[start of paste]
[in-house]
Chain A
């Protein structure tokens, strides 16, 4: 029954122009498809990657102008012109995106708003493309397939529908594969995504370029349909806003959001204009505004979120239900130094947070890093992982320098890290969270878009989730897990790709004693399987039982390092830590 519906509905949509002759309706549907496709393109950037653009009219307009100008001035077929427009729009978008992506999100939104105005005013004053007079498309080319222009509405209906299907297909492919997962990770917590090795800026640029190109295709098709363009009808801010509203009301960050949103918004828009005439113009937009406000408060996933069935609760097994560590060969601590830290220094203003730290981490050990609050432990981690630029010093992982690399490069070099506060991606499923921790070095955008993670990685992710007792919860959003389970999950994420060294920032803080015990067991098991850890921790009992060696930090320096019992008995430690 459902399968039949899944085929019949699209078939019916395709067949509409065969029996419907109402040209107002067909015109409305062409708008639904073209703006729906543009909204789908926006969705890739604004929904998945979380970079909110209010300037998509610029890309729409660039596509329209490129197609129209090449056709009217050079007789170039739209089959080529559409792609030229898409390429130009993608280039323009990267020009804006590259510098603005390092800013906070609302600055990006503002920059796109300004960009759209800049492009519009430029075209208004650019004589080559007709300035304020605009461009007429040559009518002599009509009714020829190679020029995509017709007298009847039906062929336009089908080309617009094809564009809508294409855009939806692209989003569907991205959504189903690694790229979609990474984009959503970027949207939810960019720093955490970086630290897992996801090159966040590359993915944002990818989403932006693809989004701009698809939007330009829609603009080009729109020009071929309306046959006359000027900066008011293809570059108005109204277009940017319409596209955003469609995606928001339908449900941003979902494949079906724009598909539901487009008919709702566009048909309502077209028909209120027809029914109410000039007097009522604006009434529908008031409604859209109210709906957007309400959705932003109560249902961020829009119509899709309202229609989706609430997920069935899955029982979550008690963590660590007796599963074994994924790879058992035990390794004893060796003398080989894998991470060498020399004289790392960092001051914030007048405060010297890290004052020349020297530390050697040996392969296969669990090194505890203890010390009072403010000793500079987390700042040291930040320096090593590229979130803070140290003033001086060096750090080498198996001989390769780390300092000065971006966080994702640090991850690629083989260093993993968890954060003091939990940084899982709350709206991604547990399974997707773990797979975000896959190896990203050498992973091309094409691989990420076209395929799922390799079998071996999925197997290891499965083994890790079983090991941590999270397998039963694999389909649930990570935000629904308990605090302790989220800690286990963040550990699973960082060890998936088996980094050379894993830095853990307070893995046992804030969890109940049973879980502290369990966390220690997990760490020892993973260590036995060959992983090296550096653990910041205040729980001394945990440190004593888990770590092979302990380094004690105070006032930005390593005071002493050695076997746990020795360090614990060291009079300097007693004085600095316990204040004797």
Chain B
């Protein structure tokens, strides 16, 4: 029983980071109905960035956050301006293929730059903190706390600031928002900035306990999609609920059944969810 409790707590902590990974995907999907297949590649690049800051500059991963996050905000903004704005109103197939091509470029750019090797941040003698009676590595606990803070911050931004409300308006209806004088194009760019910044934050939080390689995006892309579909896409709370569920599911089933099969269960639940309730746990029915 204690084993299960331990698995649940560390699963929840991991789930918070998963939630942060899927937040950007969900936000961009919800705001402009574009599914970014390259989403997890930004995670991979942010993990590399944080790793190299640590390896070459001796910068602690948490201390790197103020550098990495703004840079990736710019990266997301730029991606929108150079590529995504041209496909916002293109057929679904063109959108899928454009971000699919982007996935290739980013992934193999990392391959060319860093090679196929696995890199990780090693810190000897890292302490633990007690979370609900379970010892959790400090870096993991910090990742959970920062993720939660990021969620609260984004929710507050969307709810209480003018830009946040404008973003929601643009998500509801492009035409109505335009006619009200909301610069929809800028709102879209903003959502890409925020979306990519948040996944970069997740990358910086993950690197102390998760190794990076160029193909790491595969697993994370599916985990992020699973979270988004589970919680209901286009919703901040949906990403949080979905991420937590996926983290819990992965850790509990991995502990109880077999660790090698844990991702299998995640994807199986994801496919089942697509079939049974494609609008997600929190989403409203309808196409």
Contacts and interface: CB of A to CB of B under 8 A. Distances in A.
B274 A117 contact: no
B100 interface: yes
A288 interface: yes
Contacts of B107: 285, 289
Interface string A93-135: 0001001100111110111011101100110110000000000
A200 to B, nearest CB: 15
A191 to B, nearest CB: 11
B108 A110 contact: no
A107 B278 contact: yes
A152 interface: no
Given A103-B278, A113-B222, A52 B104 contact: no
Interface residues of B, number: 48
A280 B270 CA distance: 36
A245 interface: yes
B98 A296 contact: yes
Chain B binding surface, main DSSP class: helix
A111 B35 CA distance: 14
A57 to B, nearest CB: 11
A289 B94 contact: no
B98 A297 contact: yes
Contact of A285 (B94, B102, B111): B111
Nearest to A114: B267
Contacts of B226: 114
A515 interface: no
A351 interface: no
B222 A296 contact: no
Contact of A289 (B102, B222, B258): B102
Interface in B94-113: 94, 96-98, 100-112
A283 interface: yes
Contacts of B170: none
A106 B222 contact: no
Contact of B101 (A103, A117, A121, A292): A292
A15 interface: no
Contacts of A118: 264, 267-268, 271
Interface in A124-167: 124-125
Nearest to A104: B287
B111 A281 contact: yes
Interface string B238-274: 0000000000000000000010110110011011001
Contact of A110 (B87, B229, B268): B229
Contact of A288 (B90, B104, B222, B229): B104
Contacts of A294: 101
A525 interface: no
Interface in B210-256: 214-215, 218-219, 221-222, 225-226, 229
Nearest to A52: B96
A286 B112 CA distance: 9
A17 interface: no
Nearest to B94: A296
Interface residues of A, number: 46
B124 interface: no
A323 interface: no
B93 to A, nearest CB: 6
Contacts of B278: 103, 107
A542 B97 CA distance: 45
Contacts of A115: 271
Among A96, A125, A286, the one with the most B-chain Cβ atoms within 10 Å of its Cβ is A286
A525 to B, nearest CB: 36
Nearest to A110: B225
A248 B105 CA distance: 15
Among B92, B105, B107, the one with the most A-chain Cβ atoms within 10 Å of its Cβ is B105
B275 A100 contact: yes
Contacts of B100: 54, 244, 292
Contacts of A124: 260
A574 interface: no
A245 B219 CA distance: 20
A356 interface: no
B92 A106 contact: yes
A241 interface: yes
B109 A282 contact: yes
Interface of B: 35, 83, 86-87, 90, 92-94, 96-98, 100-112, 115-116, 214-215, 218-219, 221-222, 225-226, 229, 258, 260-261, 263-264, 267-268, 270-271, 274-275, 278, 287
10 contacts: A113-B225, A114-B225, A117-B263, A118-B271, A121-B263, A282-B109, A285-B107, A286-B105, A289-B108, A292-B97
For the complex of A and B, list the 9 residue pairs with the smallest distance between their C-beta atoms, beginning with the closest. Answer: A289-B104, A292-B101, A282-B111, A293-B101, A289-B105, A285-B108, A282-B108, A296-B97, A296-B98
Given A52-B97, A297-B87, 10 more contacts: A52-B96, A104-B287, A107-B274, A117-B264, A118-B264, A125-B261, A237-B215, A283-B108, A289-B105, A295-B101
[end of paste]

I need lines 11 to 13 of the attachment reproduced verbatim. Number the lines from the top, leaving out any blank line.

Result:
Interface string A93-135: 0001001100111110111011101100110110000000000
A200 to B, nearest CB: 15
A191 to B, nearest CB: 11